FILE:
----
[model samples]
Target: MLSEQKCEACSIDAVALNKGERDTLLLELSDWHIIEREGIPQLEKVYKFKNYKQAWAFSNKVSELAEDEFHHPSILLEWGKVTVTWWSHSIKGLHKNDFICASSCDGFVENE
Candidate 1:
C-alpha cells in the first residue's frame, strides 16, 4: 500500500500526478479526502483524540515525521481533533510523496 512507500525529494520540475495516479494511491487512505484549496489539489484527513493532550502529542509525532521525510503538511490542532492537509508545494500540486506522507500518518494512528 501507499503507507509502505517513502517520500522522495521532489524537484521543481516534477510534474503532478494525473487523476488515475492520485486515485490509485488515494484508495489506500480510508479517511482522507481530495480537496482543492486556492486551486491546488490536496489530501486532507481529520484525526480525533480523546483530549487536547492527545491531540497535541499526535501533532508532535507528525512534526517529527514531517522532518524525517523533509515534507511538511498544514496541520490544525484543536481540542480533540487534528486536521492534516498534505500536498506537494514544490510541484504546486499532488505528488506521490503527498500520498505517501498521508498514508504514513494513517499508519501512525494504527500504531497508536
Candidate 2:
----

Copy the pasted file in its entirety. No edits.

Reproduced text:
[model samples]
Target: MLSEQKCEACSIDAVALNKGERDTLLLELSDWHIIEREGIPQLEKVYKFKNYKQAWAFSNKVSELAEDEFHHPSILLEWGKVTVTWWSHSIKGLHKNDFICASSCDGFVENE
Candidate 1:
C-alpha cells in the first residue's frame, strides 16, 4: 500500500500526478479526502483524540515525521481533533510523496 512507500525529494520540475495516479494511491487512505484549496489539489484527513493532550502529542509525532521525510503538511490542532492537509508545494500540486506522507500518518494512528 501507499503507507509502505517513502517520500522522495521532489524537484521543481516534477510534474503532478494525473487523476488515475492520485486515485490509485488515494484508495489506500480510508479517511482522507481530495480537496482543492486556492486551486491546488490536496489530501486532507481529520484525526480525533480523546483530549487536547492527545491531540497535541499526535501533532508532535507528525512534526517529527514531517522532518524525517523533509515534507511538511498544514496541520490544525484543536481540542480533540487534528486536521492534516498534505500536498506537494514544490510541484504546486499532488505528488506521490503527498500520498505517501498521508498514508504514513494513517499508519501512525494504527500504531497508536
Candidate 2: